This morning I became a Grandpa again. (That's two weddings and two new grandchildren for us in 2009.) My son Nathan and his adorable wife Jenny have waited five years for their first child. But the seeming eternity of the wait disappeared like a vapor the moment they saw their new baby girl. The past is over. The joy of now is what seems most relevant and real.

Lots of careful thought had gone into the birth plan. The location, surroundings, birth attendants, and dozens of other details were put on paper and communicated to the participants. What could not be scripted, of course, were all the unforseeable elements. In the end, very little actually ended up going according to the script. In fact, most of this drama was improvised. No one planned on over 50 hours of labor, three sleepless nights, a large team of medical personnel, and unfamiliar medical devices. The baby scrapbook had a place for a photo of "Baby's First Bath", but no place to record baby's first feeding tube. The pregnancy books showed serene pictures of happy mothers bonding with their babies, but no pictures of mothers looking at their babies through an acrylic barrier.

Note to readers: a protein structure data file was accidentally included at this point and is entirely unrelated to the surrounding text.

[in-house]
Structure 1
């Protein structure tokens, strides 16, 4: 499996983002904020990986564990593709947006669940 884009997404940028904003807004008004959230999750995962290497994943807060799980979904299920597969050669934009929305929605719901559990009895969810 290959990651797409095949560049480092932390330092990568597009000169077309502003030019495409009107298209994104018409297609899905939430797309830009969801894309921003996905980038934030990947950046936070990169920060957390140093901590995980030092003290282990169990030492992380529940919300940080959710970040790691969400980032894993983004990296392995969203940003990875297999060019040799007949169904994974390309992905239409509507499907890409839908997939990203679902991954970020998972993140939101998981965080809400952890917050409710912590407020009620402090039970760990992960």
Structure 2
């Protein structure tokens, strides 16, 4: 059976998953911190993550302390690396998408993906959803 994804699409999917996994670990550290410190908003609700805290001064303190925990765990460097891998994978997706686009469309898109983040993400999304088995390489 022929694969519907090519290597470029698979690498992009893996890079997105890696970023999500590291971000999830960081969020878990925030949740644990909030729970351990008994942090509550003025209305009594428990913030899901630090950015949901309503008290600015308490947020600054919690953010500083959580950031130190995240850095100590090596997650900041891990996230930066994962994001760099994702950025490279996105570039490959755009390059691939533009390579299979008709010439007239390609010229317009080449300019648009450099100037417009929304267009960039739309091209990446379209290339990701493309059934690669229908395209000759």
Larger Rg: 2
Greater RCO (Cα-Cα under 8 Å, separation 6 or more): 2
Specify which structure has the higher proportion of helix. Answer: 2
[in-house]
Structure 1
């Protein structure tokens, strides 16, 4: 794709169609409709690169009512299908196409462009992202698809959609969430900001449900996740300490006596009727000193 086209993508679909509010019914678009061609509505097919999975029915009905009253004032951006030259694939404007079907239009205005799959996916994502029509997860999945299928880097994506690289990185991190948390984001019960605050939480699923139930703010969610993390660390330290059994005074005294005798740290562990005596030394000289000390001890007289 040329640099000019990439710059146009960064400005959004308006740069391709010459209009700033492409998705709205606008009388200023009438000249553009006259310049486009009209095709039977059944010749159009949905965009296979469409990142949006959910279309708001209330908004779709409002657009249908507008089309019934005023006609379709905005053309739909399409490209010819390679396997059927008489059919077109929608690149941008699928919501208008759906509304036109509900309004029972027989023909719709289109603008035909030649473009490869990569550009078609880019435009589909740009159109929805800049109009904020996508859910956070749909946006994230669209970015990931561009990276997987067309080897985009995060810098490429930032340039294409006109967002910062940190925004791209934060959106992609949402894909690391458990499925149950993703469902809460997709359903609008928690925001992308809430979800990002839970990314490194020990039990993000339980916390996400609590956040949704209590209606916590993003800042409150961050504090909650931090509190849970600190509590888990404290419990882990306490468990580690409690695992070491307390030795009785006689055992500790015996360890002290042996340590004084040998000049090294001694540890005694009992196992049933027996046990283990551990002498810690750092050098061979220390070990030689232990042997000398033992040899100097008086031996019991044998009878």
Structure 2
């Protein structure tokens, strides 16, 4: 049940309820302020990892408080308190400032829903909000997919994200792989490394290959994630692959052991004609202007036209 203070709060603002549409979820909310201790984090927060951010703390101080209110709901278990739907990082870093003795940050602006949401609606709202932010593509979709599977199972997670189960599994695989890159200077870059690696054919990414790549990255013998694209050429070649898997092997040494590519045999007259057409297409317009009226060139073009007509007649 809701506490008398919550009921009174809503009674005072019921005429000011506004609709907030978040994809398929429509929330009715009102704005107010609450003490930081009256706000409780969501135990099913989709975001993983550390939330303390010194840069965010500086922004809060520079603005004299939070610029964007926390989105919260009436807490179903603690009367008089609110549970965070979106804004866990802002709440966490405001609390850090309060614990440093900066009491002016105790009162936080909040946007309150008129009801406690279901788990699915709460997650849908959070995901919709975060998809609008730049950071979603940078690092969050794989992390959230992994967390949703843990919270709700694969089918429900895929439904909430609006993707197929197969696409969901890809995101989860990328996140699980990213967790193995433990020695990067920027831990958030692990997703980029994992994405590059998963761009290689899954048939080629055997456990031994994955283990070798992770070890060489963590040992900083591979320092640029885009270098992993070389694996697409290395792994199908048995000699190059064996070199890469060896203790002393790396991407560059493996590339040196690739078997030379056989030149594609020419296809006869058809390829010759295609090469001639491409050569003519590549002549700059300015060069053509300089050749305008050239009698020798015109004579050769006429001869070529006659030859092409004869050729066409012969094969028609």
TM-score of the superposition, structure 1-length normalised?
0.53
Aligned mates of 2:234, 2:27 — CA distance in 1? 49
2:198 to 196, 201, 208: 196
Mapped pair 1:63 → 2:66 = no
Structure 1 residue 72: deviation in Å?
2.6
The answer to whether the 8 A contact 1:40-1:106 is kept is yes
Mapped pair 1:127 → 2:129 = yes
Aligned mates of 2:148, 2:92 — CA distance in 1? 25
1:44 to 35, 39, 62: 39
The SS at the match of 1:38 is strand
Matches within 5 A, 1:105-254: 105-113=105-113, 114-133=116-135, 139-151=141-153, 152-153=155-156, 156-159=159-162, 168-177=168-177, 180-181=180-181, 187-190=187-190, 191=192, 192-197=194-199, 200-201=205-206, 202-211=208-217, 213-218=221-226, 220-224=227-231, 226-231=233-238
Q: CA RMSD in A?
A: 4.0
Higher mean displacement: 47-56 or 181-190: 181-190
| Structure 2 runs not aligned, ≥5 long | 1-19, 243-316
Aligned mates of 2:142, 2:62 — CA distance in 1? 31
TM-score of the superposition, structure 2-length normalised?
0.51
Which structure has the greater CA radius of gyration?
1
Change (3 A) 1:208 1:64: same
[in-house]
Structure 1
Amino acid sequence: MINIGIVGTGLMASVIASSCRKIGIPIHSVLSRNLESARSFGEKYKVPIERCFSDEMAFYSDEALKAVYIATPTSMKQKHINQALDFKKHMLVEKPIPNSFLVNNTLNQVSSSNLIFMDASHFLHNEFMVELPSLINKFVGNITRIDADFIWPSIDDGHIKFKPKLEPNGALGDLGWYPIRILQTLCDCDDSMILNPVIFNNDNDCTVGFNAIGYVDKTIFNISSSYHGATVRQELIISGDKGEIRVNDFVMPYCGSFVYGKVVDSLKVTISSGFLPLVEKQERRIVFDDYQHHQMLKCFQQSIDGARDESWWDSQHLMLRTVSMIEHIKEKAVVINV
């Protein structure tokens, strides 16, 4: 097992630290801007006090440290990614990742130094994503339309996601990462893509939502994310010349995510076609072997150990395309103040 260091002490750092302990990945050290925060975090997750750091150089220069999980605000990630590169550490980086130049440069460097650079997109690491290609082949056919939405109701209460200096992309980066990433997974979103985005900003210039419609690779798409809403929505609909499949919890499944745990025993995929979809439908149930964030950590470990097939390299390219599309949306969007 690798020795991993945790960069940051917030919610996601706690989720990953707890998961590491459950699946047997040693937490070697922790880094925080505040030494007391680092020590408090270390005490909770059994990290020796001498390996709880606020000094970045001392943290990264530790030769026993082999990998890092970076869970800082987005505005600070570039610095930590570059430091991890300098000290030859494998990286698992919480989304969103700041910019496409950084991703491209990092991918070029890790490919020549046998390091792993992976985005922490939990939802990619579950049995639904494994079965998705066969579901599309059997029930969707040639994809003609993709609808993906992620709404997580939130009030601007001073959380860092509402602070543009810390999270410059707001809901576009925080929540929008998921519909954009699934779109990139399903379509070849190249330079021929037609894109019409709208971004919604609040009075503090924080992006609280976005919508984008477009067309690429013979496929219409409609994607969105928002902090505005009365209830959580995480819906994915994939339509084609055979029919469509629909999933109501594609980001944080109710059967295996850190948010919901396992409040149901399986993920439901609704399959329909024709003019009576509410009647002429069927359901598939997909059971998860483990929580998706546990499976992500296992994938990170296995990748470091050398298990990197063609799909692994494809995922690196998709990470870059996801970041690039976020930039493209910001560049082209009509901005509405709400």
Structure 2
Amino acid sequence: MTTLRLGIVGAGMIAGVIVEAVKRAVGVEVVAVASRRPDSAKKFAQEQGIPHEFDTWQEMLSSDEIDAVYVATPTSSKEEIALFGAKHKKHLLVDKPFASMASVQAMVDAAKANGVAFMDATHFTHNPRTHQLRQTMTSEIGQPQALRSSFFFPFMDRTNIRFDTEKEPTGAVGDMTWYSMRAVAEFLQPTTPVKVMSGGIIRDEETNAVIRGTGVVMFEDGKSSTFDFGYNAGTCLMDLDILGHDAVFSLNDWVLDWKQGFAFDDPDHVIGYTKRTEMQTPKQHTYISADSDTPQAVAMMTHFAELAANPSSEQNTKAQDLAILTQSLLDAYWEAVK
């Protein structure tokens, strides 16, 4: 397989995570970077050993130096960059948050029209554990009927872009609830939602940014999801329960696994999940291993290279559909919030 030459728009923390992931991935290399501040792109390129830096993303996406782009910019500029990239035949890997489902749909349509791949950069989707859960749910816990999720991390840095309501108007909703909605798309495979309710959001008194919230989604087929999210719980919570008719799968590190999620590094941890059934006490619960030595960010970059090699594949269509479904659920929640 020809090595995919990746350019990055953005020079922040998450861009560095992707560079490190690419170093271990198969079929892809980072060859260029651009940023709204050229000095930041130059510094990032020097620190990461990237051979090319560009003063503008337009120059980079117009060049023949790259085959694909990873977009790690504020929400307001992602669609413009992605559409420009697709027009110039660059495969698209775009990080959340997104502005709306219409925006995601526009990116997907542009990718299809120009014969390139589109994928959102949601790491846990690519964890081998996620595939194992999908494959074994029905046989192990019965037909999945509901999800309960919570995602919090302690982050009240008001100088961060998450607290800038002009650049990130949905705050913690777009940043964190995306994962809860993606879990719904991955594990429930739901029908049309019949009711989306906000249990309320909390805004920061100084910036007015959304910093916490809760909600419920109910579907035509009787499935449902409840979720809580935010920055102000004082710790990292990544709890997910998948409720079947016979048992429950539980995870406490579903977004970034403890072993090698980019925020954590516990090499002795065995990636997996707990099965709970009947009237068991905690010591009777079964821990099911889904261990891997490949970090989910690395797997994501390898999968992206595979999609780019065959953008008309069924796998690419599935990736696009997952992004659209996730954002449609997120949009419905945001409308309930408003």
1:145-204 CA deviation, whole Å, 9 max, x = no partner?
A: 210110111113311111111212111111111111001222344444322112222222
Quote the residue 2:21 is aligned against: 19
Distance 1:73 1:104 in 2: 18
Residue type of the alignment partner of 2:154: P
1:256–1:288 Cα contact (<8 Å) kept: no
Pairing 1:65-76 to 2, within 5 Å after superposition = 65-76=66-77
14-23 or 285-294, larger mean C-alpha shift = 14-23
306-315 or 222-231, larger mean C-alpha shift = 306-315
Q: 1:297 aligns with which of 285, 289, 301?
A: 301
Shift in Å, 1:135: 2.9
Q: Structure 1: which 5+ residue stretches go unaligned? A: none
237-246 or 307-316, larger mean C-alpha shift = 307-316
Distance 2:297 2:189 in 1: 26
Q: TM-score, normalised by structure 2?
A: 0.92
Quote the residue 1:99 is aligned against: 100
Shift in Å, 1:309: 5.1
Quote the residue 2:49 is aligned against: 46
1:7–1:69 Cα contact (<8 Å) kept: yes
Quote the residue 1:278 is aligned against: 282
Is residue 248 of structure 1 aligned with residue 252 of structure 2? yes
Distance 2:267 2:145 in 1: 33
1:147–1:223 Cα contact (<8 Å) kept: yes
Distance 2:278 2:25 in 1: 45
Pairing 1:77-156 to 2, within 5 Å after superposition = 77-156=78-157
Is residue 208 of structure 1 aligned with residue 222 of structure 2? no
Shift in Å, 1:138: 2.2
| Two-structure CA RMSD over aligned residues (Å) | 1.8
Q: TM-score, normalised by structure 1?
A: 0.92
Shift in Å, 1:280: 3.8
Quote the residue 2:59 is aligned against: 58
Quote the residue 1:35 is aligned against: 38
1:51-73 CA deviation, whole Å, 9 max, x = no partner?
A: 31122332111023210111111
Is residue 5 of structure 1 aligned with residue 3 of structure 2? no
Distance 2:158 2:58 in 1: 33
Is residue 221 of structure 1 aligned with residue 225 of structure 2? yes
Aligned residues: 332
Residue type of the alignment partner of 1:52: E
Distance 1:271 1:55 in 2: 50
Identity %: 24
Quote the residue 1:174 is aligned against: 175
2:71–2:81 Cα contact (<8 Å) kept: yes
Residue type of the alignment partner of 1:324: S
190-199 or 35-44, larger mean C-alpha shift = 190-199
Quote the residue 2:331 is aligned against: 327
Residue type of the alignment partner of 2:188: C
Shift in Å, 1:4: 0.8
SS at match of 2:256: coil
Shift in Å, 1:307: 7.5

And yet, despite the deviation of the plan, the fact remains that our entire family is all smiles and basking in the wonder of our new addition. Little Maylin has captured our hearts already, and the "birth plan" is now irrelevant. It's history. Only the baby matters.